“I started breaking down old-timers like Ted Williams, Stan Musial, Lou Gehrig, all of those older players even like Pete Rose, they have really flat swings and they hit for high average, and for power, so I really tried to adjust my swing, which is really tough to do as you get older. If you’re over like 20, it’s hard to change body mechanics you’ve done your whole life, so I worked hard on it, and I was able to get it flatter and flatter through the zone, and then increased my hard-hit rate, and then obviously home runs go up, average goes up, everything.”
Thames returned to Major League Baseball in 2017, signing three-year/$16M deal with the Milwaukee Brewers, and the left-handed hitting slugger, who put up a .250/.296/.431 line, 36 doubles, and 21 home runs over 181 games and 684 PAs for the Toronto Blue Jays and Seattle Mariners between 2011-12 before leaving for the KBO, put up a .241/.343/.504 line, 59 doubles, and 72 home runs over 383 games and 1,288 PAs for the Brewers, before his $7.5M mutual option for 2020 was declined this winter, making him a free agent.
The decision to sign with the Nationals once he hit free agency, Thames said, was an easy one.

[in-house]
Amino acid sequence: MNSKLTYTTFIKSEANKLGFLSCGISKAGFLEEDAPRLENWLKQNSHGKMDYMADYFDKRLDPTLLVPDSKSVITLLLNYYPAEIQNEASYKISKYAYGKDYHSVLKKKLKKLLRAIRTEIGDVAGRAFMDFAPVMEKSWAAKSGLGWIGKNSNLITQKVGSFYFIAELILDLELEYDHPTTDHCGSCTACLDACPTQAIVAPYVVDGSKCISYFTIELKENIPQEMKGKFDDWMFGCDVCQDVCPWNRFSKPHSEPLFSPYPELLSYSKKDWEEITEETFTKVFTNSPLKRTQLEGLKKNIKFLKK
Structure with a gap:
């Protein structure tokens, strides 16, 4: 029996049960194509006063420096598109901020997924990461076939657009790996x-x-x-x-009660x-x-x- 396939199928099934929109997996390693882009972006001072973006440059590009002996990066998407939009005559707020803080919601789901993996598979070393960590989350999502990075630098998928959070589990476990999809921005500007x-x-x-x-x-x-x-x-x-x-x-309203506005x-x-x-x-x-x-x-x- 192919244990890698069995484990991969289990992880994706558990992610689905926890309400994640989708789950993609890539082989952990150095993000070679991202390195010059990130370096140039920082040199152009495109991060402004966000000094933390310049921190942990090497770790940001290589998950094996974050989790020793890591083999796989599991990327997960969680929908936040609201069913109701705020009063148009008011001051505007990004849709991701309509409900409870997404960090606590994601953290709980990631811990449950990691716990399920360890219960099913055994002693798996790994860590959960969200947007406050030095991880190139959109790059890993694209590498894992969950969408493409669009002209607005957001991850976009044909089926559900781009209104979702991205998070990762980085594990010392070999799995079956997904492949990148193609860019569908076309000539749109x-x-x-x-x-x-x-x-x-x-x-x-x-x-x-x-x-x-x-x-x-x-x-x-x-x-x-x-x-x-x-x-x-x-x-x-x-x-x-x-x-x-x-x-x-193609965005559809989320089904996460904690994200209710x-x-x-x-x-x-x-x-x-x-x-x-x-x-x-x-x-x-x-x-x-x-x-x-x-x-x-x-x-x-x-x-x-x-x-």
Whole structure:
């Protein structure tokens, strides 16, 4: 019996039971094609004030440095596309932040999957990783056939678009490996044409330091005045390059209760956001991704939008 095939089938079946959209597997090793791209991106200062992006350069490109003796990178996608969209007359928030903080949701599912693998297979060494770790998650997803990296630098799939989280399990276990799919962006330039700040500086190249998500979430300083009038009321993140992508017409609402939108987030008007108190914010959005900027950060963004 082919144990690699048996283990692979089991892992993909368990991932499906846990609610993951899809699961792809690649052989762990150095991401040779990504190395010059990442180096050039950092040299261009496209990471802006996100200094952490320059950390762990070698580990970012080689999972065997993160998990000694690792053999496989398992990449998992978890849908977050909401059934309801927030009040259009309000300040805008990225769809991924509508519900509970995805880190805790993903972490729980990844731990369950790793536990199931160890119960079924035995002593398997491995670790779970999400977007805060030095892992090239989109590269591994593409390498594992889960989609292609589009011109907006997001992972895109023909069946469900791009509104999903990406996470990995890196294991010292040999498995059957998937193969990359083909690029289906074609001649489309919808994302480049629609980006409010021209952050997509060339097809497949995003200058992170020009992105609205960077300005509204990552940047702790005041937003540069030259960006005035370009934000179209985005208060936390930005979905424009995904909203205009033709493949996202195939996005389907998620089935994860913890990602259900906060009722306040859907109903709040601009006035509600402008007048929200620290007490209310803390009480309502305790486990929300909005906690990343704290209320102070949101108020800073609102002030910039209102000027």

“I know a few guys on the team, Howie Kendrick, and him in particular, he kind of reached out to me, and I’ve talked to him for years,” the 30-year-old, five-year veteran MLB veteran said.
“I’ve know him for a long time, and he always talked about how fun the clubhouse was, how much they all had fun together, and they play for each other, and I’ve heard great things about Davey Martinez, how much of a great manager he is, and that’s just like from what they tell me. But from a players’ perspective, as the enemy, like seeing them on the field, I feel like every game the Brewers played against the Nationals was close all the way to the end. We could have a big lead, and then they’ll come back and tie it, and it will be a battle all the way to the end. And that was evident in the playoffs as well. This team is just like — you could just tell that they played like a unit. So, naturally, I love that, I love playing in a clubhouse where guys care about each other on top of winning, so it was a no-brainer for myself.”